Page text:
Gov. Andrew Cuomo on Wednesday unveiled an ambitious plan to bring more green energy and what he said will be thousands of jobs to New York state.
Plans include new solar farms, offshore wind turbines and more transmission lines across the state.
Cuomo, in the third of a series of four State of the State speeches, said $26 billion will be spent in public-private partnerships on 100 projects, including solar energy farms in Saratoga, Cortland, Livingston and Lewis counties, and the building of two major offshore wind farms, with 90 turbines each, off Long Island. One will be 20 miles off Jones Beach; the other will be 60 miles off the coast at Montauk. The two will produce a combined 2,500 megawatts of power.
“Don’t worry, neither will be visible from the shore,” the governor added.
In addition, the Port of Albany will become a center for manufacturing the wind towers to be used at the offshore sites, and existing facilities in Brooklyn will be beefed up.
To move all of that power around, Cuomo said he’s opening a competitive bidding process for three projects involving hundreds of miles of new or strengthened transmission lines. They include two along the entire length of eastern New York that would bring Canadian hydropower through the North Country, the Capital Region and the Hudson Valley to New York City, where the demand for energy is greatest. A third would run the length of the Hudson Valley, and 26 miles would be added in western New York to distribute power more efficiently from the hydropower dam in Niagara Falls.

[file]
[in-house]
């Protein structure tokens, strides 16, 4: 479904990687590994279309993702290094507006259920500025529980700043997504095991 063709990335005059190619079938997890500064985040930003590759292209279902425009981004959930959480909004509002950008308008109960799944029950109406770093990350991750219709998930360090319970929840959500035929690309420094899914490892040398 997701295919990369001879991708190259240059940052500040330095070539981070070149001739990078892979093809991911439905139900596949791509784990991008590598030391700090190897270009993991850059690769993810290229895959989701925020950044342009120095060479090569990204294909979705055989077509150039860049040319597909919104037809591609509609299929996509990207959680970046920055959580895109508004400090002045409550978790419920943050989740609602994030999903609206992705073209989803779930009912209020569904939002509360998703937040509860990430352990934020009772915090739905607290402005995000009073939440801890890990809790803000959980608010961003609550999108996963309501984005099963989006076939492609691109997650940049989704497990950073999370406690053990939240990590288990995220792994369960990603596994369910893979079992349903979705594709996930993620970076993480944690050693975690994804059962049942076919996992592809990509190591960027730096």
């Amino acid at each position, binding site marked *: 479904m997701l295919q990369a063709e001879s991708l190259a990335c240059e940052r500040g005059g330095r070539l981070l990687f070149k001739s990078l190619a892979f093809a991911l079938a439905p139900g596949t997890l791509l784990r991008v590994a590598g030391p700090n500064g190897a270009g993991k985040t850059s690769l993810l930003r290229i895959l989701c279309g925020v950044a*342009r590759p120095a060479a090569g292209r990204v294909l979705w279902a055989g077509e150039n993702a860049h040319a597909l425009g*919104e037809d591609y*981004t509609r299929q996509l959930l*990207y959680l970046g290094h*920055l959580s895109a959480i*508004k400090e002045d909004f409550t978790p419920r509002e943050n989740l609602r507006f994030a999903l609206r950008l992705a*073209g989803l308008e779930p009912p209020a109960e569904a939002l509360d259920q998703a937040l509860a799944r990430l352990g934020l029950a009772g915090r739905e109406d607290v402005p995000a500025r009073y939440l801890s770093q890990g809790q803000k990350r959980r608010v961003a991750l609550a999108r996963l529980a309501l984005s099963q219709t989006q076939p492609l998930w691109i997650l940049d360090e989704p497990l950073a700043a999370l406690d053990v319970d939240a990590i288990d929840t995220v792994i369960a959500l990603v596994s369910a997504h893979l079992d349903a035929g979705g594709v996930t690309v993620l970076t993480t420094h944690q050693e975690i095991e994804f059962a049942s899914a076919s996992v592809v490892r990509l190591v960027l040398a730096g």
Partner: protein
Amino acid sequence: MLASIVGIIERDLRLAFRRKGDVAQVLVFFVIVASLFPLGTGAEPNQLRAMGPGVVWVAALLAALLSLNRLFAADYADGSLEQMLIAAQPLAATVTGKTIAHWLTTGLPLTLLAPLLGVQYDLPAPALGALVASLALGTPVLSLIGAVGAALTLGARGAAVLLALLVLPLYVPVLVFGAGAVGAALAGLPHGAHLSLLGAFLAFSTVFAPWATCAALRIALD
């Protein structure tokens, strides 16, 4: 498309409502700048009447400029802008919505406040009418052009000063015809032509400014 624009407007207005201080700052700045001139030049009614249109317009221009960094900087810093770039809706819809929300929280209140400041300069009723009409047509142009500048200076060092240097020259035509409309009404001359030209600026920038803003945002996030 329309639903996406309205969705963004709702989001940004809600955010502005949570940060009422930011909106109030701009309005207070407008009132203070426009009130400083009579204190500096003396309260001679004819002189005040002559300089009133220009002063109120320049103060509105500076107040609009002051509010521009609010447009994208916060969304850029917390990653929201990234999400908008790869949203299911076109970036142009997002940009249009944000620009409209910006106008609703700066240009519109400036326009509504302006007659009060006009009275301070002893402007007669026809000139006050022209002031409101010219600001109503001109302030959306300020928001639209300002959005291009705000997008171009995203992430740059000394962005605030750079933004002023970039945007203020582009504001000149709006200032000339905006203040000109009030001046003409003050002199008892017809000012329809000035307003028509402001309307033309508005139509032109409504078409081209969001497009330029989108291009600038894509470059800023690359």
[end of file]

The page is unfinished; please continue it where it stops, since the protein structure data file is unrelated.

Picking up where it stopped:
“All of these projects will break the congestion and open the grid,” Cuomo said.
It’s the second time in his decade as governor that Cuomo has proposed major green energy projects. His first attempt -- a solar panel factory at a former steel plant in Lackawanna in western New York, known as the Buffalo Billion -- did not work out as planned.
A state comptroller’s report in August found that the project is yet to produce the hundreds of jobs initially promised, and that the state entity in charge, Empire State Development, did not properly manage the enterprise.
Scandals related to the Buffalo Billion resulted in prison sentences for several involved, including the governor’s former closest aide, Joe Percoco; the former head of SUNY Polytechnic Institute, Alain Kaloyeros; and Buffalo-area developer Louis Ciminelli.
Environmental groups praised the new initiatives. In a statement, NYPIRG’s Liz Moran said the governor is right that global warming poses an “existential threat,” and she urged Cuomo to go further and eliminate tax subsidies for the fossil fuel industry.